The ROM's must-see exhibit, In the Age of Rembrandt: Dutch Paintings from the Museum of Fine Arts, Boston, is running from June 1 to September 15, 2019.
There’s always something exciting happening at the Royal Ontario Museum (ROM). From dinosaur bones to rare Chinese sculptures and Indigenous art and culture, there are more than 13 million objects in 40 galleries and exhibition spaces to explore at Canada’s largest and most-visited museum.
This summer, the ROM’s must-see special exhibition is In the Age of Rembrandt: Dutch Paintings from the Museum of Fine Arts, Boston. It’s an extraordinary collection of 70 paintings from the Dutch Golden Age of the 17th century, featuring illustrious artists such as Rembrandt Harmenszoon van Rijn, Frans Hals and Jan Steen. Before your walk through this rare exhibition, absorb these fascinating facts about the Dutch Golden Age and its artists.
Experience a Once-in-a-Lifetime Exhibition
Keep your ticket as a memento – you’re about to experience something special. Such a high-profile exhibition on Dutch Golden Age painting hasn’t been shown in Toronto for over 50 years. It’s also the first time these paintings, comprised of three collections, have been presented together as a curated exhibition, and the ROM is the exclusive Canadian venue. Adding to the excitement, this year is the 350th anniversary of Rembrandt’s death, and galleries worldwide are celebrating “The Year of Rembrandt” with commemorative exhibitions. As a ticketholder, consider yourself part of the party!
The Dutch Golden Age was a Big Deal
After gaining independence from Spain in 1585, the Netherlands became an economic superpower and a hub for global trade. Dubbed the “Golden Age,” the booming economy of the era gave rise to a wealthy Dutch middle class with a voracious appetite for art, fueling what became one of the most significant periods of artistic production in history. During this time, Dutch artists experimented with perspectives, optics, and science, depicting ordinary people, landscapes and secular subjects as opposed to the more common religious and mythological scenes of the time. So you’re not just enjoying incredible art – you’re also appreciating a milestone in art history.
Get a Glimpse of 17th-Century A-Listers
Rembrandt had a winning strategy for breaking into Amsterdam’s competitive art market: he painted the upper crust of Dutch society. He became a success among wealthy citizens who commissioned spectacular portraitures. Perusing this exhibition, get a glimpse at the faces of 17th-century Dutch “A-listers,” some of whom may have wanted to feel like royals by having Rembrandt immortalize their image on canvas.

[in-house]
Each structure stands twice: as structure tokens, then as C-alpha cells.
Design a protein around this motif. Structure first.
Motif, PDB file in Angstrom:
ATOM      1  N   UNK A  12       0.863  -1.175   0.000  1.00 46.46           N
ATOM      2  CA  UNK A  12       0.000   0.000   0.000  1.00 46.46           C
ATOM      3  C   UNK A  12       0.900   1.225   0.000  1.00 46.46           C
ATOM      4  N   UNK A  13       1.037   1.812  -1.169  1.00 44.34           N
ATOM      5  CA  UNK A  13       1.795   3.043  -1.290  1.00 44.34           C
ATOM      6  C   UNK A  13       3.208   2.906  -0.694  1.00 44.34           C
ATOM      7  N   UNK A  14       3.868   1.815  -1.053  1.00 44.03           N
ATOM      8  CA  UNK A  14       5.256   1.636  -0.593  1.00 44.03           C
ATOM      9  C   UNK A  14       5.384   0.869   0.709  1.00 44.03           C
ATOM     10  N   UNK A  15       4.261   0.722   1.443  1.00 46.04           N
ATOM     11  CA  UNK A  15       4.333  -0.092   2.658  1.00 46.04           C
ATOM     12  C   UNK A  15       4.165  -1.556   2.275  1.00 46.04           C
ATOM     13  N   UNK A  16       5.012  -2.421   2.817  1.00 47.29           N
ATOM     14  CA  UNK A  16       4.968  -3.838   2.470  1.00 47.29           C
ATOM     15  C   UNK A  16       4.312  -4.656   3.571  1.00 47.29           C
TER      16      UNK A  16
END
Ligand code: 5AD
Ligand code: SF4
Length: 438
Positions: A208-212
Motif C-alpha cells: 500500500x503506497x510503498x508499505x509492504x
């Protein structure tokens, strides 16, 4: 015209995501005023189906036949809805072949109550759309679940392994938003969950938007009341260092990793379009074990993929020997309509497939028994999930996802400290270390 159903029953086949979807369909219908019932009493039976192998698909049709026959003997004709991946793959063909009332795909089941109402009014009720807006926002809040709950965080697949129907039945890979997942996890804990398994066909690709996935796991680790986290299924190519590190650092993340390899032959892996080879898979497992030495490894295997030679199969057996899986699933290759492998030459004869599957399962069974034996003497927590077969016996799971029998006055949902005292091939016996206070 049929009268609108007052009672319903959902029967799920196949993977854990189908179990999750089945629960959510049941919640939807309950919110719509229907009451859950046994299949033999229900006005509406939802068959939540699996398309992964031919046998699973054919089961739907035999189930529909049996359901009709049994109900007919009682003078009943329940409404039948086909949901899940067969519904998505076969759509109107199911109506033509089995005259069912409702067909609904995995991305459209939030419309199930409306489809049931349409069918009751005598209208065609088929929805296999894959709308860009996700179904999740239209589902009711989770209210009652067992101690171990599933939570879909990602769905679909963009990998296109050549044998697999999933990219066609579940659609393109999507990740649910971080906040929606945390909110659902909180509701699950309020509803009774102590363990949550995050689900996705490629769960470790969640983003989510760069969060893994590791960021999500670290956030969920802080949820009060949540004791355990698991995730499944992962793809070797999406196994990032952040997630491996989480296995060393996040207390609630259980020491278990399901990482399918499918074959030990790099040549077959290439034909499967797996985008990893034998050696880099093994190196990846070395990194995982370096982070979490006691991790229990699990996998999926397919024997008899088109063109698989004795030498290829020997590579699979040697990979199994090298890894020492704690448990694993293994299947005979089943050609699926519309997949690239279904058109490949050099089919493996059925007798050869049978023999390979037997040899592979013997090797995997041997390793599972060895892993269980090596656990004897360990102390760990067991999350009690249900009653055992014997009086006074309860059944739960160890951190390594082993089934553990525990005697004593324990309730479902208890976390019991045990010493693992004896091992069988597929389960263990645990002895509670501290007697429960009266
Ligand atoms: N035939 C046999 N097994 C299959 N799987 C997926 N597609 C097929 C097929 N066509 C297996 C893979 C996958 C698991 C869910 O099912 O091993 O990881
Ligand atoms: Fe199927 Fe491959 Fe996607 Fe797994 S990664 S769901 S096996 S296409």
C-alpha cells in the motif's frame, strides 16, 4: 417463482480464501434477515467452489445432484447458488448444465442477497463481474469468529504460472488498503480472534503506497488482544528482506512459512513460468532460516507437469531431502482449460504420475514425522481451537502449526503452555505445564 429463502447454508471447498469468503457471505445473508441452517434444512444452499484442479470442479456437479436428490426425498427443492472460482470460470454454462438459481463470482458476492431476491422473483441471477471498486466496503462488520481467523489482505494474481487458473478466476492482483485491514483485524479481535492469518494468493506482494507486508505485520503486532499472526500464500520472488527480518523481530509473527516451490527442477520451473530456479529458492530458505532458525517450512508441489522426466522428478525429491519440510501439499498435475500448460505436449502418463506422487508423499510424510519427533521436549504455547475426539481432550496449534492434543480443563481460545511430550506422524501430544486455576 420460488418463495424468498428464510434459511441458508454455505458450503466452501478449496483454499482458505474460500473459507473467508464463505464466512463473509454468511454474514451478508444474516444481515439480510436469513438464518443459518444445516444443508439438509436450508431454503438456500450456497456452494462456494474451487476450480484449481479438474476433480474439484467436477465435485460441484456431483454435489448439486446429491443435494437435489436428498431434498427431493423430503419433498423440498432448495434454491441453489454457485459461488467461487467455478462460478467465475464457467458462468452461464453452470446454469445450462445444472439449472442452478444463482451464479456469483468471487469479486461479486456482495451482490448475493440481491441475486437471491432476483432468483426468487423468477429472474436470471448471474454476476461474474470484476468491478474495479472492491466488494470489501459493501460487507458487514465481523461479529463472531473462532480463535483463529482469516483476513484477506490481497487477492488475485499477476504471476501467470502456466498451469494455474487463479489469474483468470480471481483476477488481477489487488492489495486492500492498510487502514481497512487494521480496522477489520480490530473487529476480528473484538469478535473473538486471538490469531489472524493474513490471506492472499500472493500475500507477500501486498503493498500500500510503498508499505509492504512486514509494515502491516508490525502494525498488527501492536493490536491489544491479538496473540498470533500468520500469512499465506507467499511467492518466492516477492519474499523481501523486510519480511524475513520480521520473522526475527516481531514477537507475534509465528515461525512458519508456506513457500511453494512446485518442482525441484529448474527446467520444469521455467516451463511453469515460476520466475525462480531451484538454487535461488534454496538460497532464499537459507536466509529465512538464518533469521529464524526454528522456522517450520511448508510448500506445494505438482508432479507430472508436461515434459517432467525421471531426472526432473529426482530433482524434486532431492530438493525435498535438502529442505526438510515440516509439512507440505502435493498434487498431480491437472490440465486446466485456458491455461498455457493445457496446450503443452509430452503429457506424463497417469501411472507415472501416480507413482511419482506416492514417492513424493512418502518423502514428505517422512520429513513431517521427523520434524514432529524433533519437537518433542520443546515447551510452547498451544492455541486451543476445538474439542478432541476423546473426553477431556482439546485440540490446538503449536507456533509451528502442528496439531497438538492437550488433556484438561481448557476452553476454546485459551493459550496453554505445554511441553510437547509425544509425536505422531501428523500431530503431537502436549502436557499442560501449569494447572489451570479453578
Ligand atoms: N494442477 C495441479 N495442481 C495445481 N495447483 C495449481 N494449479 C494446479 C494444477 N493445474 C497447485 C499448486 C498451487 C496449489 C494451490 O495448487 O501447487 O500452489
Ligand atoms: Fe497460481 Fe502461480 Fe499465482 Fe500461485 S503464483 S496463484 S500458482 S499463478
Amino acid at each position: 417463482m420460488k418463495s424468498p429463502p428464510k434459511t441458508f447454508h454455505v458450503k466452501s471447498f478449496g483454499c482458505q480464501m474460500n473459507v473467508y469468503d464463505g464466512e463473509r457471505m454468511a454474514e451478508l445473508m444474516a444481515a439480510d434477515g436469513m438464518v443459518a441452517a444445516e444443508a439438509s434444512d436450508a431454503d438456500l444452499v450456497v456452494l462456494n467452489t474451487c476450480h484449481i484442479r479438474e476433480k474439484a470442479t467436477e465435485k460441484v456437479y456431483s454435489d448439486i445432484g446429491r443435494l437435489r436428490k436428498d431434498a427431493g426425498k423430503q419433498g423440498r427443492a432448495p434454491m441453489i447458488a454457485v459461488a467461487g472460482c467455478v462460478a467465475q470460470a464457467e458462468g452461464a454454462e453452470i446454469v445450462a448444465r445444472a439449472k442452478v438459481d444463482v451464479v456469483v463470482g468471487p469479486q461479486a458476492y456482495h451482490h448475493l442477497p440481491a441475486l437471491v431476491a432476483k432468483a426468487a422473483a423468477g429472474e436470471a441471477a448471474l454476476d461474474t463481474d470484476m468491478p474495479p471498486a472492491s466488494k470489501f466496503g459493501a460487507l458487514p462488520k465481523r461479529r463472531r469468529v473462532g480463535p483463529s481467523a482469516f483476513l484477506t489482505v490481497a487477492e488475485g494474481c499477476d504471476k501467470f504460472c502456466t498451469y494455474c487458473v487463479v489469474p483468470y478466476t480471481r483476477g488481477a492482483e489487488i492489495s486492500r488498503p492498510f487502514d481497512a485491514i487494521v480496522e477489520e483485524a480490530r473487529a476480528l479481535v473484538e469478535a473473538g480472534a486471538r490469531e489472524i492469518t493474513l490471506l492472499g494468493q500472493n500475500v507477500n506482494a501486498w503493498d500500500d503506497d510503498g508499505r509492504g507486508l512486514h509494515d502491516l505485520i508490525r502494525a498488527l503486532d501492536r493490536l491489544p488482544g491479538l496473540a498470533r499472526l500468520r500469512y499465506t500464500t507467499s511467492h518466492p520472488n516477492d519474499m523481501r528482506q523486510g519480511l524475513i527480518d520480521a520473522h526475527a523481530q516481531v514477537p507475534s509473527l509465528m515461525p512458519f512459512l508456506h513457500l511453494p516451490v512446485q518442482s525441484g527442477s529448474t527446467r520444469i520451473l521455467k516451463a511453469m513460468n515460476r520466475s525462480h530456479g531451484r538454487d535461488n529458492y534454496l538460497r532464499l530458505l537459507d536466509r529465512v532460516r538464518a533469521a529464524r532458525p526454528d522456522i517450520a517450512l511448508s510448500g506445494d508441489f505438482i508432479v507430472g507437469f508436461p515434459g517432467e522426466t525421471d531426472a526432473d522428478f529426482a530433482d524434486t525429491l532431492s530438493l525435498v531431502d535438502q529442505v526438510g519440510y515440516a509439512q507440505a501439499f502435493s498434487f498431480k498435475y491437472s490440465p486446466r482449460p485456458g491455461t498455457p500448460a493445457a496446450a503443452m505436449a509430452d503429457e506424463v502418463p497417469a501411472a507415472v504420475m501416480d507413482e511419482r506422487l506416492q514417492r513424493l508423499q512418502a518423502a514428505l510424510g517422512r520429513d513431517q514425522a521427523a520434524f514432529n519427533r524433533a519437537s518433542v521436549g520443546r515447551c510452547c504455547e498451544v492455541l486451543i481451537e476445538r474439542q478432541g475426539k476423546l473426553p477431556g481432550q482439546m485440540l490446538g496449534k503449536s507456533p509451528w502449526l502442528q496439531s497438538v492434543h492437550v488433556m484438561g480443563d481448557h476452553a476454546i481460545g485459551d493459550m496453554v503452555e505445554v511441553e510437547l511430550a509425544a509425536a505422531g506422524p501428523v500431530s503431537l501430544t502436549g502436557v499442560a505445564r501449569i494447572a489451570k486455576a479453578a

See the Work of Two Famed Female Artists
The Dutch Golden Age, and the changes in society it brought, created the opportunity for women to become artists in their own right. Most didn’t earn anything from their artwork, but a few gained recognition and fame. Two prominent women painters are featured among the works on display in In the Age of Rembrandt: Rachel Ruysch and Maria Schalcken.
Esteemed for her exquisite floral still lifes, Ruysch had a colourful career into her 80s, producing over 250 works and out-earning many of her male contemporaries. Ruysch had a long, successful career, earning more for her paintings than most of her male counterparts.
You can also marvel at Maria Schalcken’s The Artist at Work in Her Studio at this exhibition. Remarkably, only two of Schalcken’s paintings are known today, one of which was only recently discovered during a 1998 restoration that revealed her overpainted signature.
Hunt for Comical Clues
There are more than lovely landscapes and striking portraits to admire. Celebrated artist Jan Steen was a bit of a jokester: look for comical clues painted into his portrayals of Dutch homes and taverns. In An Elegant Company Playing Cards, the woman in the foreground’s sly expression and the card she holds under the table signals that she’s conned the male guest in the card game. The truth revealed, you may just LOL.
Witness Rare Rembrandts
Only three sets of full-length portraits by Rembrandt are known today, and one set is showcased in this exhibition: Reverend Johannes Elison and Maria Bockenolle (Wife of Johannes Elison). Commissioned by the pair’s son and speaking to his social ambitions, these types of full-length portraits were costly and intensive, and therefore typically made only for blue bloods and the very rich.